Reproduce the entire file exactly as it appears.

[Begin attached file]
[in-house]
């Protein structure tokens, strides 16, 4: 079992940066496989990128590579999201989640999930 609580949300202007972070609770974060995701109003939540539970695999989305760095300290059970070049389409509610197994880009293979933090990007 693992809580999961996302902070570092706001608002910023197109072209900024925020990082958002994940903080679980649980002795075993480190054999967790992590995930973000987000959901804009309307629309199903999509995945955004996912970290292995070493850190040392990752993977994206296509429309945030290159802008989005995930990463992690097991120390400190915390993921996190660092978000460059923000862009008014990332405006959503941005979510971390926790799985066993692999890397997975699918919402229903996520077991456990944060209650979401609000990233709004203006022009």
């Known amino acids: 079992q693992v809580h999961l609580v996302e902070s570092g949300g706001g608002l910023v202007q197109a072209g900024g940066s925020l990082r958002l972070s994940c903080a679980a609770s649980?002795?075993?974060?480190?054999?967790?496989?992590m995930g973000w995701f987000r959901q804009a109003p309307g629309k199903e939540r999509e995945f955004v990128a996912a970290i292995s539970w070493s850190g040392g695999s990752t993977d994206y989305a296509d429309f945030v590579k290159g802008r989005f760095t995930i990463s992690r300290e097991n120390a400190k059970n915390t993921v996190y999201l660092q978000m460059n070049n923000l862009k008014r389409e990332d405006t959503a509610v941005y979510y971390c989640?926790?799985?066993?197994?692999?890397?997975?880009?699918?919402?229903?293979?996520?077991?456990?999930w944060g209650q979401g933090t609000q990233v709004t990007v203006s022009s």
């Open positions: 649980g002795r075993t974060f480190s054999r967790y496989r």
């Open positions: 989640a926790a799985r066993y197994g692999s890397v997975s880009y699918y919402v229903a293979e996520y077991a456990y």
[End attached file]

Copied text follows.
[in-house]
């Protein structure tokens, strides 16, 4: 079992940066496989990128590579999201989640999930 609580949300202007972070609770974060995701109003939540539970695999989305760095300290059970070049389409509610197994880009293979933090990007 693992809580999961996302902070570092706001608002910023197109072209900024925020990082958002994940903080679980649980002795075993480190054999967790992590995930973000987000959901804009309307629309199903999509995945955004996912970290292995070493850190040392990752993977994206296509429309945030290159802008989005995930990463992690097991120390400190915390993921996190660092978000460059923000862009008014990332405006959503941005979510971390926790799985066993692999890397997975699918919402229903996520077991456990944060209650979401609000990233709004203006022009």
């Known amino acids: 079992q693992v809580h999961l609580v996302e902070s570092g949300g706001g608002l910023v202007q197109a072209g900024g940066s925020l990082r958002l972070s994940c903080a679980a609770s649980?002795?075993?974060?480190?054999?967790?496989?992590m995930g973000w995701f987000r959901q804009a109003p309307g629309k199903e939540r999509e995945f955004v990128a996912a970290i292995s539970w070493s850190g040392g695999s990752t993977d994206y989305a296509d429309f945030v590579k290159g802008r989005f760095t995930i990463s992690r300290e097991n120390a400190k059970n915390t993921v996190y999201l660092q978000m460059n070049n923000l862009k008014r389409e990332d405006t959503a509610v941005y979510y971390c989640?926790?799985?066993?197994?692999?890397?997975?880009?699918?919402?229903?293979?996520?077991?456990?999930w944060g209650q979401g933090t609000q990233v709004t990007v203006s022009s």
């Open positions: 649980g002795r075993t974060f480190s054999r967790y496989r």
């Open positions: 989640a926790a799985r066993y197994g692999s890397v997975s880009y699918y919402v229903a293979e996520y077991a456990y």